Motherhood is hard physical labor, sweaty work, manual labor of the most intense kind because it requires more than just body. Turns out it’s hard heart labor, too. And when the work doesn’t pay off ? When the pulling and tugging and coaxing and dragging and pushing and begging and praying don’t seem to change things as fast as we’d like, we can be left empty, exhausted, worn down. In times like these, it’s easy to let it all out, taking our frustrations out on those we love the most. And when we can’t stop the toxic flow that comes up from our hearts and out of our mouths you might see us waving the white flag—wanting to give up the fight.
It reminds me of the story of Peter and the disciples in Luke 5:1-9.
A fisherman, Peter had worked hard all night long trying to catch fish and hadn’t caught even one. In those days, I imagine an empty net meant an empty stomach, empty table, empty mouths, and maybe, for Peter, an empty heart. I can almost hear him thinking, “All that work for nothing! Wasted effort, wasted time. I should just quit.” Ever felt that way, Mom? Useless? Overlooked? A failure? Me too.
Jesus, in need of a safe place from which to teach the people, caught Peter coming in from the long, hard, dirty night of fruitless work, and asked for a simple favor. The crowds, desperate for a word when the voice of God had been silent in their land for four hundred years, were pressing in all around him, and the fisherman’s boat looked like a good place to land. He taught the people from the boat for a time, and then told the weary fisherman, Peter, to cast his net in the deep water once more.
Can you imagine Peter’s response? Wait, what did he just say? I gave him my boat, and now this? He’s got to be kidding. Can you picture him, head in hands, eyes tired from lack of sleep, and heart weary from the weight of failure, answering the man Jesus?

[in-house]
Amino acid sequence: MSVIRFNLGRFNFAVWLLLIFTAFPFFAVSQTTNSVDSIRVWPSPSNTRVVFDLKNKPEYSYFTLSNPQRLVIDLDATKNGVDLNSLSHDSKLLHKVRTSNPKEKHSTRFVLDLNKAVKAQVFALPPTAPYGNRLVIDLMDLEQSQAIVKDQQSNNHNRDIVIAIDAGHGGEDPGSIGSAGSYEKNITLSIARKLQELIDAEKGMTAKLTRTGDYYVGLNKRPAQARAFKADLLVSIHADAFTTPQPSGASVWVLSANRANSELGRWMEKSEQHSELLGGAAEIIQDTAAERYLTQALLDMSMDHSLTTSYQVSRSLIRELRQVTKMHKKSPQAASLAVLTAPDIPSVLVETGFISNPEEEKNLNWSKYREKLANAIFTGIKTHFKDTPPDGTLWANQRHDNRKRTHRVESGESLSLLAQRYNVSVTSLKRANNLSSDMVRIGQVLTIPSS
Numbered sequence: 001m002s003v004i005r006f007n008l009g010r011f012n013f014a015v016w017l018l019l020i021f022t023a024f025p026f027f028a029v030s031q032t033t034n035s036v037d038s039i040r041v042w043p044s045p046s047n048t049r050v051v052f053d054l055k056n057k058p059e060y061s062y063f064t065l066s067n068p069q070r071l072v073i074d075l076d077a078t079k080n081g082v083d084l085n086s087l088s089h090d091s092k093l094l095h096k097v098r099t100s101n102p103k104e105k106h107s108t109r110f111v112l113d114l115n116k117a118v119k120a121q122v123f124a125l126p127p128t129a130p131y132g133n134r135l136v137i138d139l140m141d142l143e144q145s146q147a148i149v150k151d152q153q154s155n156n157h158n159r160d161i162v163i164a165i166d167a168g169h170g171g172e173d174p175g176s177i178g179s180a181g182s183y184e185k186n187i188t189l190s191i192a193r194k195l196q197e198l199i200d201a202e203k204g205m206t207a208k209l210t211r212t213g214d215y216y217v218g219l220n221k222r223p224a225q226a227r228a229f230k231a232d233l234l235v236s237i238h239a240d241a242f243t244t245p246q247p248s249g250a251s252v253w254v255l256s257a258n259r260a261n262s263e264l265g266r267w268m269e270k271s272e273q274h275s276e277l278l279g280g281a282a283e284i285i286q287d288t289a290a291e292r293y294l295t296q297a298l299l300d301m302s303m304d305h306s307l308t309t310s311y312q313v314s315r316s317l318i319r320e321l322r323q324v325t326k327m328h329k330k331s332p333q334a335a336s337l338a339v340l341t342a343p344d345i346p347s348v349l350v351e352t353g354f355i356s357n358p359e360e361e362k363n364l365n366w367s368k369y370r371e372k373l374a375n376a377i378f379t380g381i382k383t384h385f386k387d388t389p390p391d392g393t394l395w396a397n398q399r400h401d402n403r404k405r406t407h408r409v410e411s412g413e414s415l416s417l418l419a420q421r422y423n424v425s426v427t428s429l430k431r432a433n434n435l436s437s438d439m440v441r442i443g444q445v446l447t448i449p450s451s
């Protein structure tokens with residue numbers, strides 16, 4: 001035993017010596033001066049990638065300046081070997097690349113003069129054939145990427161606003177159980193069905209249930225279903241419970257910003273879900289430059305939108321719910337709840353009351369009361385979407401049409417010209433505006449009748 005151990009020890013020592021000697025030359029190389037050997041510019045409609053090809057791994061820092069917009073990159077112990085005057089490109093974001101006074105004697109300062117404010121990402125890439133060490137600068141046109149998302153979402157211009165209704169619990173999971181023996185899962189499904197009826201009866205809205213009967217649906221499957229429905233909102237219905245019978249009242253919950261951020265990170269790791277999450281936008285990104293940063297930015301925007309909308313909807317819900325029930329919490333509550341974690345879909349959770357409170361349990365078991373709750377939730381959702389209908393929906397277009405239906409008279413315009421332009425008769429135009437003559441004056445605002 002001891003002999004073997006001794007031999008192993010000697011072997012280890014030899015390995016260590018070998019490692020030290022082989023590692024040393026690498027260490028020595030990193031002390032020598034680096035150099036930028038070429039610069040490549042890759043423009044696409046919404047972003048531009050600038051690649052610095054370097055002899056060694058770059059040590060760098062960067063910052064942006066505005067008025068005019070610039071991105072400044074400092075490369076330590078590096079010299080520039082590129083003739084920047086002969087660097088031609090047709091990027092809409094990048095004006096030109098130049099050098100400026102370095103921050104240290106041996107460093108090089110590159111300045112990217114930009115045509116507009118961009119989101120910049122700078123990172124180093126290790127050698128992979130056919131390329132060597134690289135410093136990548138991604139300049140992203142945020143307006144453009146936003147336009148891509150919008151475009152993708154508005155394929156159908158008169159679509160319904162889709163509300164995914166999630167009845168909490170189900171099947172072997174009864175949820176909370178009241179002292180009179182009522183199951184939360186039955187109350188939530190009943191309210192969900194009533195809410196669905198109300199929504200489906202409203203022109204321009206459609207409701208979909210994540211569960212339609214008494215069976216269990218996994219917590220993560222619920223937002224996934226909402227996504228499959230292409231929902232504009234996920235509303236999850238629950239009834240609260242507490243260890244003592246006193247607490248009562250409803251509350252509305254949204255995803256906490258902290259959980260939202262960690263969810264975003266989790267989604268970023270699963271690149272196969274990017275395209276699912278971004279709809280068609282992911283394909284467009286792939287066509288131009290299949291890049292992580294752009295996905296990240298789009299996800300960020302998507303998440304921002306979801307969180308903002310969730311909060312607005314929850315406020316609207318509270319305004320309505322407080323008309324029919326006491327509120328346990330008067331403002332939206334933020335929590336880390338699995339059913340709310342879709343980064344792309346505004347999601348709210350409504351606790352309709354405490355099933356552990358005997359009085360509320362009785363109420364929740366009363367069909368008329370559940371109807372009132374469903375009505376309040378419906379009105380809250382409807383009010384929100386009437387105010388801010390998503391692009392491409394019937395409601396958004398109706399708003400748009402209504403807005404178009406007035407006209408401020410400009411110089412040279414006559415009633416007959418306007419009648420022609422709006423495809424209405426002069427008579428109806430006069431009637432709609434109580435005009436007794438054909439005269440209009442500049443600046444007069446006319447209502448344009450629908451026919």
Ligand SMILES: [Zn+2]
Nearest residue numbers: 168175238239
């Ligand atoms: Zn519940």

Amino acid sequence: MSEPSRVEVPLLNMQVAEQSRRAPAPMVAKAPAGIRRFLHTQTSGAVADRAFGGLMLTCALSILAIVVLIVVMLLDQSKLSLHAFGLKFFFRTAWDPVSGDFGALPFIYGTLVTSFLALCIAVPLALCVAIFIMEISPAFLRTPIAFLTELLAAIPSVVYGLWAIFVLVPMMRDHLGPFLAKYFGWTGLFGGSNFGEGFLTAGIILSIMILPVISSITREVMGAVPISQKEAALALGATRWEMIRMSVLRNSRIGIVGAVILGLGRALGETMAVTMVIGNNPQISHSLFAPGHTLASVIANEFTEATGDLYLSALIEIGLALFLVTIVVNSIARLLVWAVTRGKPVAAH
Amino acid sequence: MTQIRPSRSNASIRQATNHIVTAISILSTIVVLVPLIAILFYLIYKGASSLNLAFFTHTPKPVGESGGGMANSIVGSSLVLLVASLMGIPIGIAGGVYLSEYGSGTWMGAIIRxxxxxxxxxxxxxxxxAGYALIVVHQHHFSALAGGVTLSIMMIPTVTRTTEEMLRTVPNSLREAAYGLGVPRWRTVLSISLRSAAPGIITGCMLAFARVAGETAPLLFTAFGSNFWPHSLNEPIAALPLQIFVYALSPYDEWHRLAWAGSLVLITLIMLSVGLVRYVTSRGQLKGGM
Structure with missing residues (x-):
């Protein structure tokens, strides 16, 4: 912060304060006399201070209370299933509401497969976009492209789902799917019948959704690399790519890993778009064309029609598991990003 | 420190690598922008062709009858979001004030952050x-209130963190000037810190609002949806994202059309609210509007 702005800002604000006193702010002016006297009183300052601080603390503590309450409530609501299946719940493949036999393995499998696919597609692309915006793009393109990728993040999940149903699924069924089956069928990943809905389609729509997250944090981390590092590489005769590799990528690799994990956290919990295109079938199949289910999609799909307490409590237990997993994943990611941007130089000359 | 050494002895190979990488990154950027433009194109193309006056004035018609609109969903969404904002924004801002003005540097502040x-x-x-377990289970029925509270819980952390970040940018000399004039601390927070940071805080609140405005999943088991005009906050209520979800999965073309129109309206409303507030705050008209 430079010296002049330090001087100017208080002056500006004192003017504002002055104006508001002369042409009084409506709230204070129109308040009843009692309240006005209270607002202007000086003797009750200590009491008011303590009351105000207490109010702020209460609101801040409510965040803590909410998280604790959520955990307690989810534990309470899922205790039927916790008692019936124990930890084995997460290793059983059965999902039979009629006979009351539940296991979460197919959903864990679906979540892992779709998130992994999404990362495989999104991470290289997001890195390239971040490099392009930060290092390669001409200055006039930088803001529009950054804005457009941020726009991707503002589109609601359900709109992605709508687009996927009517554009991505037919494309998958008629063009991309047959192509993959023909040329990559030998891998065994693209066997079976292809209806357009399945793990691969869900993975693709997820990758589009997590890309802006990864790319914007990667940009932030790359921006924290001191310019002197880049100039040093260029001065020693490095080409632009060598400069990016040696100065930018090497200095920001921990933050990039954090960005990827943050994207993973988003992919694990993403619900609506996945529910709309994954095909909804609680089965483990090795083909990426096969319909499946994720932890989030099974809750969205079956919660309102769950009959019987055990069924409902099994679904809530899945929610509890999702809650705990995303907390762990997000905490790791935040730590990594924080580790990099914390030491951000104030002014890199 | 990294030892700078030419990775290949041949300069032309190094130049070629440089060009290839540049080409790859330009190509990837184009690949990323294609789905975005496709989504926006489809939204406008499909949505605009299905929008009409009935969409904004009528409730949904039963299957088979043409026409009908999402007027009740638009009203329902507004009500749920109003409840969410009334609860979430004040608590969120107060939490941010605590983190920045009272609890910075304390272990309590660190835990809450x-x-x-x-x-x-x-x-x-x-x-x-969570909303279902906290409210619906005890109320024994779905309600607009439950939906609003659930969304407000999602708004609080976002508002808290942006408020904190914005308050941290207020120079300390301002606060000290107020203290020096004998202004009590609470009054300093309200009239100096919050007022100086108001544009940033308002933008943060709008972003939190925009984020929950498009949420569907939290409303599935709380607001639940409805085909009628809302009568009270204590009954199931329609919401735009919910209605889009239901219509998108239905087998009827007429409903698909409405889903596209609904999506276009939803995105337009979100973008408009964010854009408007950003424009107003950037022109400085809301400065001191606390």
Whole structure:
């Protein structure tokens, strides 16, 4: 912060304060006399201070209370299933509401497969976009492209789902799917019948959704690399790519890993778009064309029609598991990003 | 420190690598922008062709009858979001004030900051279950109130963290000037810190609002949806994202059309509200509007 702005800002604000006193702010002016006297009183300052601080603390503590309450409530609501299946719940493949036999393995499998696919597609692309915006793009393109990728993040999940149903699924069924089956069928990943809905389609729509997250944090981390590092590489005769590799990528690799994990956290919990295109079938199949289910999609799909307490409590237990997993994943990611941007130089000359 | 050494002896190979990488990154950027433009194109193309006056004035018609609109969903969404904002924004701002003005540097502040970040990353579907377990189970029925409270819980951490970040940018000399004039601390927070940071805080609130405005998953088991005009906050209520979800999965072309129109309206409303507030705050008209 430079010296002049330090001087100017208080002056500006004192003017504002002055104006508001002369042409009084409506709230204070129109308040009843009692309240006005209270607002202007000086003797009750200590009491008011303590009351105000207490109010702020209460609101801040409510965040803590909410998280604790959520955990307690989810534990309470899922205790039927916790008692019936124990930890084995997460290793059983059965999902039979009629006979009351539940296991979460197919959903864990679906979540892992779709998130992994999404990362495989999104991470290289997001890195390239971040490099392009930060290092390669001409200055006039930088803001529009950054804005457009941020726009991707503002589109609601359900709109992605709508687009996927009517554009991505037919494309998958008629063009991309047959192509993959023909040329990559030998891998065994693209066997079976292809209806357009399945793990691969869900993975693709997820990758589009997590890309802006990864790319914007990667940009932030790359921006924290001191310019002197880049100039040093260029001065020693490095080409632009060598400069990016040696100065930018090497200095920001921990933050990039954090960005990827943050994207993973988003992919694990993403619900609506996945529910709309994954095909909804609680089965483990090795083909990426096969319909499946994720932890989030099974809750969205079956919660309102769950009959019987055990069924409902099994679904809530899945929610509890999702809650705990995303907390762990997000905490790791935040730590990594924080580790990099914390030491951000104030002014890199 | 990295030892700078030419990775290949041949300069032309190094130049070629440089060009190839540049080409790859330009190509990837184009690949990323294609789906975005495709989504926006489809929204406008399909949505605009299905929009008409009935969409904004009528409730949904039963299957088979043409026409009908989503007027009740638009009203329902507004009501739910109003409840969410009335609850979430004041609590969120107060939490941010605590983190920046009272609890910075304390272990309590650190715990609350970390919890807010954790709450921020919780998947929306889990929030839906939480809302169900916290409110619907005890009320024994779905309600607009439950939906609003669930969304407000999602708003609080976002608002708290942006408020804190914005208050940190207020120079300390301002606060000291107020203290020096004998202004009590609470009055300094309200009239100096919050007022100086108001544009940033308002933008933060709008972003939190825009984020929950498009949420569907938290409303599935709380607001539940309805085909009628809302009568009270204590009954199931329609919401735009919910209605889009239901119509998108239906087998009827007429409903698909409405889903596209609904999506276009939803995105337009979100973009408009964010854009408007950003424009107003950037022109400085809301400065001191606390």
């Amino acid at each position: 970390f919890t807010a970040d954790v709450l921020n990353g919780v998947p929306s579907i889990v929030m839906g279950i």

Lord, we have been out here all night. We’ve worked our fingers to the bone trying to provide for our families, trying to take care of them and give them our best. We’ve given our all, all night long and it hasn’t been enough. We’re tired, and we don’t want to try again. Not even one more time. But because you seem to be something special, we will. Just this once, and don’t ask us to do it again if you please.
You know what happened, right? Peter’s choice to blow on the flame of hope one last time nearly sank his boat with success. He knew at once that he had been in the presence of greatness, and knowing it, repented, left his nets, and followed Jesus. I find a lot of strength from Peter’s story because there’s not a week that goes by when I don’t entertain the idea of quitting, at least for a few seconds.
Just this week, I sat back and allowed myself to remember what it was like before we had kids. Freedom and quiet were words that came to mind. I’d never really failed at anything much before becoming a mom, and I never thought loving someone so much could make me feel so bad. Certainly, there are professions that garner more praise, and pay significantly higher wages. As moms, we’re trapped in a long-term assignment that often makes us feel like failures, especially when we can’t get our words to behave. But I’m beginning to understand that there is a way to find hope in the mess.